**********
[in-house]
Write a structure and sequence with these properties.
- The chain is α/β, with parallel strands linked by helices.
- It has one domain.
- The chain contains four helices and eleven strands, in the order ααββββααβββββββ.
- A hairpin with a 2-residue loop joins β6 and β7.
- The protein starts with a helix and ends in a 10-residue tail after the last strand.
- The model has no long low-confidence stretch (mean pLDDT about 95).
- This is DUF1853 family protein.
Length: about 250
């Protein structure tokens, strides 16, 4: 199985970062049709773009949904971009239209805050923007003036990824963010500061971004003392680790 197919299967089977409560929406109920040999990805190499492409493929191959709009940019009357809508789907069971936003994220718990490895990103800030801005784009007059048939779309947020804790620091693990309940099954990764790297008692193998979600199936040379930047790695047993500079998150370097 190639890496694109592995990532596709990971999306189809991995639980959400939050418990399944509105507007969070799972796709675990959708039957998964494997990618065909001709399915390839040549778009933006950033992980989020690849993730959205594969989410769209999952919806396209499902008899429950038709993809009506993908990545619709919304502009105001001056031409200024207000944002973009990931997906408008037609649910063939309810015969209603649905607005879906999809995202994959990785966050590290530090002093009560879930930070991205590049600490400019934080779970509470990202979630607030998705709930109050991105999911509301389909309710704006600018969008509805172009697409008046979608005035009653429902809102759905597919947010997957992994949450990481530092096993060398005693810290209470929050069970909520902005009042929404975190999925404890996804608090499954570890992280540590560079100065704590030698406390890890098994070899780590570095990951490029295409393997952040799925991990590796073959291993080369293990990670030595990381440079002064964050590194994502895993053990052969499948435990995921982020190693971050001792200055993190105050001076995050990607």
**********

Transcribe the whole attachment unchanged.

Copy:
[in-house]
Write a structure and sequence with these properties.
- The chain is α/β, with parallel strands linked by helices.
- It has one domain.
- The chain contains four helices and eleven strands, in the order ααββββααβββββββ.
- A hairpin with a 2-residue loop joins β6 and β7.
- The protein starts with a helix and ends in a 10-residue tail after the last strand.
- The model has no long low-confidence stretch (mean pLDDT about 95).
- This is DUF1853 family protein.
Length: about 250
């Protein structure tokens, strides 16, 4: 199985970062049709773009949904971009239209805050923007003036990824963010500061971004003392680790 197919299967089977409560929406109920040999990805190499492409493929191959709009940019009357809508789907069971936003994220718990490895990103800030801005784009007059048939779309947020804790620091693990309940099954990764790297008692193998979600199936040379930047790695047993500079998150370097 190639890496694109592995990532596709990971999306189809991995639980959400939050418990399944509105507007969070799972796709675990959708039957998964494997990618065909001709399915390839040549778009933006950033992980989020690849993730959205594969989410769209999952919806396209499902008899429950038709993809009506993908990545619709919304502009105001001056031409200024207000944002973009990931997906408008037609649910063939309810015969209603649905607005879906999809995202994959990785966050590290530090002093009560879930930070991205590049600490400019934080779970509470990202979630607030998705709930109050991105999911509301389909309710704006600018969008509805172009697409008046979608005035009653429902809102759905597919947010997957992994949450990481530092096993060398005693810290209470929050069970909520902005009042929404975190999925404890996804608090499954570890992280540590560079100065704590030698406390890890098994070899780590570095990951490029295409393997952040799925991990590796073959291993080369293990990670030595990381440079002064964050590194994502895993053990052969499948435990995921982020190693971050001792200055993190105050001076995050990607």